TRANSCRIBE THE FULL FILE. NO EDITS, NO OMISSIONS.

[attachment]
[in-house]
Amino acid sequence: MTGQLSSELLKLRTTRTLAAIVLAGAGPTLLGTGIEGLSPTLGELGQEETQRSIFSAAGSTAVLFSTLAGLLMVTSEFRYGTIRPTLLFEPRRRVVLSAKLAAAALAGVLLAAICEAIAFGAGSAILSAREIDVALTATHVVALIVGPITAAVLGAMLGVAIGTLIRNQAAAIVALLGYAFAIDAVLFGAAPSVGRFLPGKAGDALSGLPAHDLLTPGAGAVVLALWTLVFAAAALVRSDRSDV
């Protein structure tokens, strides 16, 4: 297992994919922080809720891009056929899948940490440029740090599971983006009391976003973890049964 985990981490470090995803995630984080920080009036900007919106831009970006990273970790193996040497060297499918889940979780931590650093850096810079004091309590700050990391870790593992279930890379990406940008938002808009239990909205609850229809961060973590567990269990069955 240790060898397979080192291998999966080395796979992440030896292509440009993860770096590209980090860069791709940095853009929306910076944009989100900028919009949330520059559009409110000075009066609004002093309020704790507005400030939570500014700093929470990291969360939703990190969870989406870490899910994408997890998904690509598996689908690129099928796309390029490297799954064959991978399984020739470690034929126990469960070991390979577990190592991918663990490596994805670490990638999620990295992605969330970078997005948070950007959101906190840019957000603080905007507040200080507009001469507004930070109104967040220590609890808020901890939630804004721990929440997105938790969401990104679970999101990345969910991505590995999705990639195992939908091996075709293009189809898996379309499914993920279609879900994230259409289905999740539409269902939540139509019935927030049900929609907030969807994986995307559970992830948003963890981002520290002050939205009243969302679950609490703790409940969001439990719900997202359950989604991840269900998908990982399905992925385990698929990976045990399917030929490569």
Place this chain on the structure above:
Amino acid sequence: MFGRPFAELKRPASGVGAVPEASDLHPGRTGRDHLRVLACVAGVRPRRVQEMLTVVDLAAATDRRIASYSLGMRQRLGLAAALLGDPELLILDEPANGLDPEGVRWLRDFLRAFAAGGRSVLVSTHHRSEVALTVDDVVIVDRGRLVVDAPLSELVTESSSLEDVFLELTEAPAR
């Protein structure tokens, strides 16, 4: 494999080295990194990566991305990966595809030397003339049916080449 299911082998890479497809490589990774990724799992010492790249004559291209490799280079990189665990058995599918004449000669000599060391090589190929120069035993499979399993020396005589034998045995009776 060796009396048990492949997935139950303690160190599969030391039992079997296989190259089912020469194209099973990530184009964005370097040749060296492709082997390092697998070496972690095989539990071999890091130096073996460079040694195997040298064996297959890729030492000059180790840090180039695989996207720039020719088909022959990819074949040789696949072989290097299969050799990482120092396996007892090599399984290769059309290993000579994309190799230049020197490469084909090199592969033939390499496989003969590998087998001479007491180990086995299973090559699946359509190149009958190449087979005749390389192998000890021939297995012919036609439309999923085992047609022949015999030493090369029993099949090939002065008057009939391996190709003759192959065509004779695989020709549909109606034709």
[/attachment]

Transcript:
[in-house]
Amino acid sequence: MTGQLSSELLKLRTTRTLAAIVLAGAGPTLLGTGIEGLSPTLGELGQEETQRSIFSAAGSTAVLFSTLAGLLMVTSEFRYGTIRPTLLFEPRRRVVLSAKLAAAALAGVLLAAICEAIAFGAGSAILSAREIDVALTATHVVALIVGPITAAVLGAMLGVAIGTLIRNQAAAIVALLGYAFAIDAVLFGAAPSVGRFLPGKAGDALSGLPAHDLLTPGAGAVVLALWTLVFAAAALVRSDRSDV
């Protein structure tokens, strides 16, 4: 297992994919922080809720891009056929899948940490440029740090599971983006009391976003973890049964 985990981490470090995803995630984080920080009036900007919106831009970006990273970790193996040497060297499918889940979780931590650093850096810079004091309590700050990391870790593992279930890379990406940008938002808009239990909205609850229809961060973590567990269990069955 240790060898397979080192291998999966080395796979992440030896292509440009993860770096590209980090860069791709940095853009929306910076944009989100900028919009949330520059559009409110000075009066609004002093309020704790507005400030939570500014700093929470990291969360939703990190969870989406870490899910994408997890998904690509598996689908690129099928796309390029490297799954064959991978399984020739470690034929126990469960070991390979577990190592991918663990490596994805670490990638999620990295992605969330970078997005948070950007959101906190840019957000603080905007507040200080507009001469507004930070109104967040220590609890808020901890939630804004721990929440997105938790969401990104679970999101990345969910991505590995999705990639195992939908091996075709293009189809898996379309499914993920279609879900994230259409289905999740539409269902939540139509019935927030049900929609907030969807994986995307559970992830948003963890981002520290002050939205009243969302679950609490703790409940969001439990719900997202359950989604991840269900998908990982399905992925385990698929990976045990399917030929490569």
Place this chain on the structure above:
Amino acid sequence: MFGRPFAELKRPASGVGAVPEASDLHPGRTGRDHLRVLACVAGVRPRRVQEMLTVVDLAAATDRRIASYSLGMRQRLGLAAALLGDPELLILDEPANGLDPEGVRWLRDFLRAFAAGGRSVLVSTHHRSEVALTVDDVVIVDRGRLVVDAPLSELVTESSSLEDVFLELTEAPAR
């Protein structure tokens, strides 16, 4: 494999080295990194990566991305990966595809030397003339049916080449 299911082998890479497809490589990774990724799992010492790249004559291209490799280079990189665990058995599918004449000669000599060391090589190929120069035993499979399993020396005589034998045995009776 060796009396048990492949997935139950303690160190599969030391039992079997296989190259089912020469194209099973990530184009964005370097040749060296492709082997390092697998070496972690095989539990071999890091130096073996460079040694195997040298064996297959890729030492000059180790840090180039695989996207720039020719088909022959990819074949040789696949072989290097299969050799990482120092396996007892090599399984290769059309290993000579994309190799230049020197490469084909090199592969033939390499496989003969590998087998001479007491180990086995299973090559699946359509190149009958190449087979005749390389192998000890021939297995012919036609439309999923085992047609022949015999030493090369029993099949090939002065008057009939391996190709003759192959065509004779695989020709549909109606034709």